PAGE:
My descriptions probably said more about my psychological point of view than any actually intended shapes. Feel free to provide your own Rorschach interpretations as appropriate.

I already describe Audubon Park in that earlier article so I decided to focus on a couple of other Mutual Ownership Defense Housing properties, both in Texas. One may wonder why Texas had two outliers while other projects sprouted closer to industrial areas of the Northeast and Great Lakes. Lawrence Westbrook was a Texan and he was the boss. That probably explained it.


Avion Village



Avion Village, Grand Prairie, Texas, USA

Avion Village grew next Hensley Field, later Naval Air Station Dallas and now the Grand Prairie Armed Forces Reserve Complex. The first residents of Avion Village were "civilian employees of the North American Aviation Company" who built B-24 bombers and other aircraft for the war effort.


Maxwell B-24
Consolidated B-24 Liberator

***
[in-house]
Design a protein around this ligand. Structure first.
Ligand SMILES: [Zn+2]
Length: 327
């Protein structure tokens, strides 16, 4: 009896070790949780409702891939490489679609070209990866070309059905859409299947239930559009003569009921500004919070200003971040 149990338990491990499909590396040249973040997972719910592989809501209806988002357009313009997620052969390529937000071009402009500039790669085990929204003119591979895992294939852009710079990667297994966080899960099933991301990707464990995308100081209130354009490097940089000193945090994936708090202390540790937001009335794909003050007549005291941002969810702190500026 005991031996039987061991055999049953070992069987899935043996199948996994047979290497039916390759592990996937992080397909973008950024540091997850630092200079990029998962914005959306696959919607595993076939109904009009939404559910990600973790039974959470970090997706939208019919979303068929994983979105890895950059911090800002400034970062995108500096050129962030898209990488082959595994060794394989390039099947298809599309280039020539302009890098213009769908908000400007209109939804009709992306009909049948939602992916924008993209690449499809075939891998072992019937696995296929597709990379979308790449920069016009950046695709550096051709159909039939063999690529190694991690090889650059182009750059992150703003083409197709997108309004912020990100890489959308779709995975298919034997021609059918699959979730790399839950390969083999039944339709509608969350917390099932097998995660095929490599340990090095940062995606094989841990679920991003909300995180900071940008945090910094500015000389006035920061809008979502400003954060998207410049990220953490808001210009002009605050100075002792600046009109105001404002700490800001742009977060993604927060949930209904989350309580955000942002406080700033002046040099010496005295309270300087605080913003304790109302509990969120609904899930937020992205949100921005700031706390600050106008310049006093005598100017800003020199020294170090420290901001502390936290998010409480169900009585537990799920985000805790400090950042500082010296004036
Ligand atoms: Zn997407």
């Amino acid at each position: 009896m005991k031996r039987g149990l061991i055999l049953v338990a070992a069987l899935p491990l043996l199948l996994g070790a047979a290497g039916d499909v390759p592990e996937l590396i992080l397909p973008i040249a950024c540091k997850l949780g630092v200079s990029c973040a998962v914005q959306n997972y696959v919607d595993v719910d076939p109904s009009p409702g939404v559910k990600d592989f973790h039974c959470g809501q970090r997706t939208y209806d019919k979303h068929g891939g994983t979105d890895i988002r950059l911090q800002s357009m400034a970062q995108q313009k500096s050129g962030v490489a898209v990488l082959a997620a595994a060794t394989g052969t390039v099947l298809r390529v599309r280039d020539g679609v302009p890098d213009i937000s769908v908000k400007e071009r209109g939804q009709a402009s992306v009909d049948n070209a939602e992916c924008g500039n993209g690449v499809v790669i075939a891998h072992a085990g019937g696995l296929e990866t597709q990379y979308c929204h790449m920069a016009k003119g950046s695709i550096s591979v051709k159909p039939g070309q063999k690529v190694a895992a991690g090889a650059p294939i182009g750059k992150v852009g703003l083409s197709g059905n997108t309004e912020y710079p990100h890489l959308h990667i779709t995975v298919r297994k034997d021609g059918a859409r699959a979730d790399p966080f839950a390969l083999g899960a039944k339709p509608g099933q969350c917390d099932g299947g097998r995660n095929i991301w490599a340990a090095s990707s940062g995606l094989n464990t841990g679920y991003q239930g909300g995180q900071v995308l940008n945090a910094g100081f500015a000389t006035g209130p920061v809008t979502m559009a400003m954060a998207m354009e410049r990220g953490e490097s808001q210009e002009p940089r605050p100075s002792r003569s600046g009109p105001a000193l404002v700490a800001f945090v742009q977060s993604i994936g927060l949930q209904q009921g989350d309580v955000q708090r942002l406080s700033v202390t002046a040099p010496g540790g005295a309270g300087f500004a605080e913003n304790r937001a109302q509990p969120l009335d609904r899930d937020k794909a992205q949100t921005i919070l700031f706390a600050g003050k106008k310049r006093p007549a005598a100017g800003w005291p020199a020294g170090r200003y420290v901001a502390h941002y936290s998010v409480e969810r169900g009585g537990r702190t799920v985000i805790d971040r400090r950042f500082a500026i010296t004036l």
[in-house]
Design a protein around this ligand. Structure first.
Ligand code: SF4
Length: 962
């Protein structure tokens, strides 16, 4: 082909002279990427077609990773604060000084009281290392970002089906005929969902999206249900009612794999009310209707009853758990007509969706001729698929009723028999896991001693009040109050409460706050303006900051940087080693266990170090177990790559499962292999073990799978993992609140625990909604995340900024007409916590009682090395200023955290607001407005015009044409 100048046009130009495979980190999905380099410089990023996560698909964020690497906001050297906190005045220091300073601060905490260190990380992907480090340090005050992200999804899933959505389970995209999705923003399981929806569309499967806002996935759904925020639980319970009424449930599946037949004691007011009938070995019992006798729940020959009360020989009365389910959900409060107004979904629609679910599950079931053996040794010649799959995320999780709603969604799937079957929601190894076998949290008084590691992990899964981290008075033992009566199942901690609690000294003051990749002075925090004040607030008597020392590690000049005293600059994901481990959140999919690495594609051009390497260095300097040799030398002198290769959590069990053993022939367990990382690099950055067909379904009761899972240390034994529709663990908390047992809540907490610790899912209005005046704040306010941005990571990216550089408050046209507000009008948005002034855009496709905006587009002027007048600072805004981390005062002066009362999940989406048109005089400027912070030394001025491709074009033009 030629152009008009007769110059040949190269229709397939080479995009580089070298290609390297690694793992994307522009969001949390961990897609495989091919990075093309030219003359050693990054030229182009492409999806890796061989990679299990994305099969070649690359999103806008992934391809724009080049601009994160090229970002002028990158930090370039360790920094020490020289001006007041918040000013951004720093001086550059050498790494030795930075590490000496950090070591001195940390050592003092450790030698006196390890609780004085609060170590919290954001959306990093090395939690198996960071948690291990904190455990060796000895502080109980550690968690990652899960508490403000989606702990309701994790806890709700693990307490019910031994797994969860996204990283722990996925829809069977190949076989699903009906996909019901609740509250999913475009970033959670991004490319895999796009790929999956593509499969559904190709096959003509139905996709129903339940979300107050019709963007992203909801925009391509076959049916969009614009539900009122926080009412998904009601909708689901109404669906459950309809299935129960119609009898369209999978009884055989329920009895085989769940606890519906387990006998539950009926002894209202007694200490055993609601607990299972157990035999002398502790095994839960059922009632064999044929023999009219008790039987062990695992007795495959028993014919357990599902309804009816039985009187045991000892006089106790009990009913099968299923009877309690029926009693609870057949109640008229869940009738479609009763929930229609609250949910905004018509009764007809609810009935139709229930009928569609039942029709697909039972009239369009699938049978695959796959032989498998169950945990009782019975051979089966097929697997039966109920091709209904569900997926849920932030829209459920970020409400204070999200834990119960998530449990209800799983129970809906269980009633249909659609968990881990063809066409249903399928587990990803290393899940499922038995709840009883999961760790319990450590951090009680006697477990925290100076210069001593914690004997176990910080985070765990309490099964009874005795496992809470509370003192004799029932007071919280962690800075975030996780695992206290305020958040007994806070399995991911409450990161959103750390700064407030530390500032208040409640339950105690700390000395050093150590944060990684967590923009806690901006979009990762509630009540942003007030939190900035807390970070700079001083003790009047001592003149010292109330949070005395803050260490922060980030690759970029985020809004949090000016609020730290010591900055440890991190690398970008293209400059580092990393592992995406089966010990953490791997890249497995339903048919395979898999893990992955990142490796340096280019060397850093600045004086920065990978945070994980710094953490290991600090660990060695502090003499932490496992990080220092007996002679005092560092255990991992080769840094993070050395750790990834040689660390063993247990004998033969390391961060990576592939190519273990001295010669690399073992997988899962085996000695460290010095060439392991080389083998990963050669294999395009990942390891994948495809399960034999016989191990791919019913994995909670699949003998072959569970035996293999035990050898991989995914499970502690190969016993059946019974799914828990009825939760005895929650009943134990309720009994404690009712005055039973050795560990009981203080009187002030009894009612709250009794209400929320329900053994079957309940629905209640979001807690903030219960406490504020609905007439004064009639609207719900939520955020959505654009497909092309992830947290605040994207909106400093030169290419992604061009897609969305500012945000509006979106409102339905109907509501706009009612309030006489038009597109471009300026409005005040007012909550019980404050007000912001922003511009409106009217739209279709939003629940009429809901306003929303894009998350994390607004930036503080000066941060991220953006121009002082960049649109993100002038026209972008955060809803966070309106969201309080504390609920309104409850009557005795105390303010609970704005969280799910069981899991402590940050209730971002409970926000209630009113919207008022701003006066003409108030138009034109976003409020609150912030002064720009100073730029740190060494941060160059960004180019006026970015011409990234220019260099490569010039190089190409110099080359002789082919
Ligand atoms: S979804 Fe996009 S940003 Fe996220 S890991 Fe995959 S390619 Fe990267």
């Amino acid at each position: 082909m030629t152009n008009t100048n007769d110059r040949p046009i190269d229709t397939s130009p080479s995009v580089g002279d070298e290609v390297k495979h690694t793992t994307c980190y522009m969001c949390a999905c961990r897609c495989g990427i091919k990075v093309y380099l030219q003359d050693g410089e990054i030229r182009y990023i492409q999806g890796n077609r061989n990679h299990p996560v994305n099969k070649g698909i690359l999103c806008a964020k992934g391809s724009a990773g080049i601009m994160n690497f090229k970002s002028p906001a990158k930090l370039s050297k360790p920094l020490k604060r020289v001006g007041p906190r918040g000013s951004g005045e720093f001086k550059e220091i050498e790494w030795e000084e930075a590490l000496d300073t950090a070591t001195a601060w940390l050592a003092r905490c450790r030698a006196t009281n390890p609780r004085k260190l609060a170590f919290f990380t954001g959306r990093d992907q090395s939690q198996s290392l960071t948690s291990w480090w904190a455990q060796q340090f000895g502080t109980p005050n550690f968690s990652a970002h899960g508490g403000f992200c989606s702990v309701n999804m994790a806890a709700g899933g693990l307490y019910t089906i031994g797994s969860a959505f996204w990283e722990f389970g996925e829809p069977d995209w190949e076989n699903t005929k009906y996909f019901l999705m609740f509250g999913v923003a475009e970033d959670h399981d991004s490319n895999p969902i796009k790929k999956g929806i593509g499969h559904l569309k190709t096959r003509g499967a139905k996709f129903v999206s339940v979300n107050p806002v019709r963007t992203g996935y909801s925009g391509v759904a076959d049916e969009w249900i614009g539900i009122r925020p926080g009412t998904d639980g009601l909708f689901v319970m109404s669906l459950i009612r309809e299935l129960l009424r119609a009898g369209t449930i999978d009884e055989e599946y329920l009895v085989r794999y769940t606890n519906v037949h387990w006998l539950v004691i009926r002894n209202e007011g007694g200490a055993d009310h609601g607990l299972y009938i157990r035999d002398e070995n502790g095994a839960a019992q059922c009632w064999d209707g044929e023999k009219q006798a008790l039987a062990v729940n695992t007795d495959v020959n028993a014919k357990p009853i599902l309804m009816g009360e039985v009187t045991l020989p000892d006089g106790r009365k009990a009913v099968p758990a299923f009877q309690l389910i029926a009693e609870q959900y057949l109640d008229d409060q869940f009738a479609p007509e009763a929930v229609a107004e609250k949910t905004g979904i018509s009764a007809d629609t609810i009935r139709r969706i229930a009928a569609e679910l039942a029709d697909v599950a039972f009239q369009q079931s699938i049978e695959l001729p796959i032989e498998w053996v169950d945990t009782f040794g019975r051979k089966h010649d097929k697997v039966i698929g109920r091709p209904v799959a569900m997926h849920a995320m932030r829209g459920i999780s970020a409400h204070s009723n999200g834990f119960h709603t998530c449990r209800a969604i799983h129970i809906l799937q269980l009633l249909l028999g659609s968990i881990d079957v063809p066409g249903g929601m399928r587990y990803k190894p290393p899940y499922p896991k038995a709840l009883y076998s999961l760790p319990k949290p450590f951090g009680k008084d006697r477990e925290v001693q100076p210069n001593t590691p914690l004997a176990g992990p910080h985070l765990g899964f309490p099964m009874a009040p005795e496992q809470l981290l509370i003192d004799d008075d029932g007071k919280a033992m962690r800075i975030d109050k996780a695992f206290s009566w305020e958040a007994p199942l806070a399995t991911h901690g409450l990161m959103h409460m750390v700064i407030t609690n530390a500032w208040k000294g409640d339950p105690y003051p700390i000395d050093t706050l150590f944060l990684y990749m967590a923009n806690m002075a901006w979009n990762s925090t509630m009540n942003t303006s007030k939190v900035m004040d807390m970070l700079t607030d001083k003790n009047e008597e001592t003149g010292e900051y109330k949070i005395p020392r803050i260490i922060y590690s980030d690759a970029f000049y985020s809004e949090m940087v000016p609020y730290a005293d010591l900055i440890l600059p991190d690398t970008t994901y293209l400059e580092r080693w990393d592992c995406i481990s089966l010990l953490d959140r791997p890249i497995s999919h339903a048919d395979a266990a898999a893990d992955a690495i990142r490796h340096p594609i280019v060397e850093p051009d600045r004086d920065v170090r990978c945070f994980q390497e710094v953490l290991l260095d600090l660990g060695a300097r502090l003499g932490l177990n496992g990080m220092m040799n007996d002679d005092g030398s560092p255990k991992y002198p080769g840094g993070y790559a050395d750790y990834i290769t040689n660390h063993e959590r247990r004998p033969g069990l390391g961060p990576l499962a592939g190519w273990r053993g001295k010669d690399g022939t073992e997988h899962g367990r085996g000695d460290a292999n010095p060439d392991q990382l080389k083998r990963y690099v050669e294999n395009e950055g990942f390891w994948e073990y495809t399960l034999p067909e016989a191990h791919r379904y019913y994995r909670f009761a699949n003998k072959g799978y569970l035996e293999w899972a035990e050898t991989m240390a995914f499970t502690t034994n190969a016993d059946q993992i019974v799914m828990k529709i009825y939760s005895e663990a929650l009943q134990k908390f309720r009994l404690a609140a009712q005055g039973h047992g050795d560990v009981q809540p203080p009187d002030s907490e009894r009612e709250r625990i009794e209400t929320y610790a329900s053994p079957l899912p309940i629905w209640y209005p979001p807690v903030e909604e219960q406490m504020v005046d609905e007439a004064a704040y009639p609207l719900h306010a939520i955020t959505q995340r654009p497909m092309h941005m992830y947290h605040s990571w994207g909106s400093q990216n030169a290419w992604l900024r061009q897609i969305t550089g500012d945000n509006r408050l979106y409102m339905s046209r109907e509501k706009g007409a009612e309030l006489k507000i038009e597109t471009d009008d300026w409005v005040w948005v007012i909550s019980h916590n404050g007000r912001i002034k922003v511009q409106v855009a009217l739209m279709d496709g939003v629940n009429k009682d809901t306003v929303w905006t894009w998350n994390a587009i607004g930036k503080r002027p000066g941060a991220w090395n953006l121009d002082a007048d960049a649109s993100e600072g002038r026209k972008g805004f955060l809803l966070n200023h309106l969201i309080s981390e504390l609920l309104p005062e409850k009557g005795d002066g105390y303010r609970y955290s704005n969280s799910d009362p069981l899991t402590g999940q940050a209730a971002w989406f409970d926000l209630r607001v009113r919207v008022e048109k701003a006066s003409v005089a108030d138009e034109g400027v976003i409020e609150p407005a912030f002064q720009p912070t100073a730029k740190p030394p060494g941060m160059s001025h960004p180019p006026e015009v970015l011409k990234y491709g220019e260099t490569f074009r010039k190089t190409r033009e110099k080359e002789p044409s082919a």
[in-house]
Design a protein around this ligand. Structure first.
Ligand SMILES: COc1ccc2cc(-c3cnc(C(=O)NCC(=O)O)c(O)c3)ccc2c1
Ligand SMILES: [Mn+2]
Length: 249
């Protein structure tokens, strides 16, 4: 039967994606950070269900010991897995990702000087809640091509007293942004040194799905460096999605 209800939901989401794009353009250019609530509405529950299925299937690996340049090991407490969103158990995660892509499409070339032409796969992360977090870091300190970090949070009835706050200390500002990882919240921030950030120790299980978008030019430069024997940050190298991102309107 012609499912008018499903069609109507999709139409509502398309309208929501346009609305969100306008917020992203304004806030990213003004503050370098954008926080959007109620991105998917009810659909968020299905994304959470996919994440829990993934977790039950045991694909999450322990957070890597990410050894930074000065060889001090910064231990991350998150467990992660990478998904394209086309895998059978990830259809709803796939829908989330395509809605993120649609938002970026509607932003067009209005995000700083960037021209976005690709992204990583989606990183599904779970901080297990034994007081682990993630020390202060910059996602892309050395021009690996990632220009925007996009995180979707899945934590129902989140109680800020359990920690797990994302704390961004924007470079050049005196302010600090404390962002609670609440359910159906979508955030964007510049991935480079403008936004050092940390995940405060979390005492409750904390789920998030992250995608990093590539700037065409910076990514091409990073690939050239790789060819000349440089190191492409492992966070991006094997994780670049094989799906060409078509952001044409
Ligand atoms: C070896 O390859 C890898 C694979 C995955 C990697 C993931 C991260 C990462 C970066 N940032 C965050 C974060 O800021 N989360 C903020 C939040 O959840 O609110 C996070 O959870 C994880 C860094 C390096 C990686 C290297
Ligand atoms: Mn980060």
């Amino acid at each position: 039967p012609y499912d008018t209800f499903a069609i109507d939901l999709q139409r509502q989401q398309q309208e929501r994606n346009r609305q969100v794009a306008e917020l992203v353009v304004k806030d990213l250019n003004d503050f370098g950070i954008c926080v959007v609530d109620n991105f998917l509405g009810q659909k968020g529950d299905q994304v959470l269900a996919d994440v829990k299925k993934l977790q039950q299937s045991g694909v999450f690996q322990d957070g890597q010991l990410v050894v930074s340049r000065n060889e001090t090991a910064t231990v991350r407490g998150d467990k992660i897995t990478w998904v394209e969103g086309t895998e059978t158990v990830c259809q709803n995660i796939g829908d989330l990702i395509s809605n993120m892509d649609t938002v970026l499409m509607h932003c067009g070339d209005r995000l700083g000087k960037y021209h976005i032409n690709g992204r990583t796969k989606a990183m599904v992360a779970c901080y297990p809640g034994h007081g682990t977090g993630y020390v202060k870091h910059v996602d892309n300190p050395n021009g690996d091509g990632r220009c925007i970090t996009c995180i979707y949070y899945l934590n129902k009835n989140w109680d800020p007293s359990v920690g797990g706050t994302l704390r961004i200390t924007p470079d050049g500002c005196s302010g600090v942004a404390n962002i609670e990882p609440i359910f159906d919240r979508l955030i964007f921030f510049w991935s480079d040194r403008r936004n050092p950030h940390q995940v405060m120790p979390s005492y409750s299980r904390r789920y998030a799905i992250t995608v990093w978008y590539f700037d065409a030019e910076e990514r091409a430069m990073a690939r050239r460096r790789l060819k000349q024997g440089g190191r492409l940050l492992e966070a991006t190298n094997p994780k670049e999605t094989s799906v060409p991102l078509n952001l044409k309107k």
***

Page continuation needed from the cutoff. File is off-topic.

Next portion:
By U.S. Air Force photos [Public domain], via Wikimedia Commons

An historical marker erected at the site provided additional explanation.



Avion Village, Grand Prairie Texas Historical Marker by Nicolas Henderson on Flickr
via Creative Commons Attribution-NonCommercial-ShareAlike 2.0 Generic (CC BY-NC-SA 2.0) license

As early as the mid-1940s, housing was scarce in Dallas as well as in other centers of defense production and military activity throughout the nation. The private housing industry was unable to keep up with the demand for shelter in these areas. Some federal officials saw the situation as an opportunity for experimentation in architecture and planning, as well as establishment of a pilot program aimed at lowering the cost of quality housing through the use of prefabrication and mass production building techniques. Defense housing officials also wanted to introduce industrial workers to mutual home ownership as an alternative to traditional suburban home ownership.


The Mystery of Dallas Park